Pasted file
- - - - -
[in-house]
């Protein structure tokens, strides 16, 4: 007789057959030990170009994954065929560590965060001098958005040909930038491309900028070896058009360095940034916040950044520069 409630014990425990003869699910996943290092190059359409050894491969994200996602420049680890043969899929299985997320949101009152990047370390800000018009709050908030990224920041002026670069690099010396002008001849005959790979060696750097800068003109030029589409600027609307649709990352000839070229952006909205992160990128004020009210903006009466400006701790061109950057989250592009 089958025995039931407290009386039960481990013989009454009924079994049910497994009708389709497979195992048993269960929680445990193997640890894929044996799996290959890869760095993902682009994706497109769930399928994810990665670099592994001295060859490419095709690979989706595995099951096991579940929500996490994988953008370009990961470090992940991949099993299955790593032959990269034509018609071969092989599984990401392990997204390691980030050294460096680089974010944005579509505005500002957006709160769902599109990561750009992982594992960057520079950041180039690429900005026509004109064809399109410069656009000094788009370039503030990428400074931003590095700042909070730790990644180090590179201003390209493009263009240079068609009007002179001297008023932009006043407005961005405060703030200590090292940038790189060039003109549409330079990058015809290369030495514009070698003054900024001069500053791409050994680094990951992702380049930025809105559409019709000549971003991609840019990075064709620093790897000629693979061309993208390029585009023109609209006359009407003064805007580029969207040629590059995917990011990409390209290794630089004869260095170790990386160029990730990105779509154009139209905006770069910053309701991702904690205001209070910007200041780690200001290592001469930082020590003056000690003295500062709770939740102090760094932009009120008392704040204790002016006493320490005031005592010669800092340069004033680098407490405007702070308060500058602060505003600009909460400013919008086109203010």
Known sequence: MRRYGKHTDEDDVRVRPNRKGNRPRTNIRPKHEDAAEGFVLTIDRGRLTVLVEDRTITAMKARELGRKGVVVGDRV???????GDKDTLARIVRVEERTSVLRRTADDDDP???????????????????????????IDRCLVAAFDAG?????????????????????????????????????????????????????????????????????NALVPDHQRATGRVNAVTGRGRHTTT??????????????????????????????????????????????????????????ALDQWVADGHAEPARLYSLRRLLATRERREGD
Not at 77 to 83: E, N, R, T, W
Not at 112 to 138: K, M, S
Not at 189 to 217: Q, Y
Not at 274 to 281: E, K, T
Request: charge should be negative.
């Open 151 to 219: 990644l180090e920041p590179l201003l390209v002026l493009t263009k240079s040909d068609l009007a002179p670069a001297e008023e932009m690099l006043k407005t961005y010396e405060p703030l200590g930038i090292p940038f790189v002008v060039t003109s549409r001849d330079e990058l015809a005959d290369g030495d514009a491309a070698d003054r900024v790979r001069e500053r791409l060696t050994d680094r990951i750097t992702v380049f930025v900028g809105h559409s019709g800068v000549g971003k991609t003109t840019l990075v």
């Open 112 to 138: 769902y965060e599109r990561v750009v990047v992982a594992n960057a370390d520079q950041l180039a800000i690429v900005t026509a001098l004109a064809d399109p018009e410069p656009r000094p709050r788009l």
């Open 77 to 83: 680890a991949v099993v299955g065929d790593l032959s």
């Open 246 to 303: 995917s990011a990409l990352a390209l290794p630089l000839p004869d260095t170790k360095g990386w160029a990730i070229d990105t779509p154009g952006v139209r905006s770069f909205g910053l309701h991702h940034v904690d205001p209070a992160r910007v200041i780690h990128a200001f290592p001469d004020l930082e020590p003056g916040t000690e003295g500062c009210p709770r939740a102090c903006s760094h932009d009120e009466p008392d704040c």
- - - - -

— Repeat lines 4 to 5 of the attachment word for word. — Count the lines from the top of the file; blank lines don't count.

Not at 77 to 83: E, N, R, T, W
Not at 112 to 138: K, M, S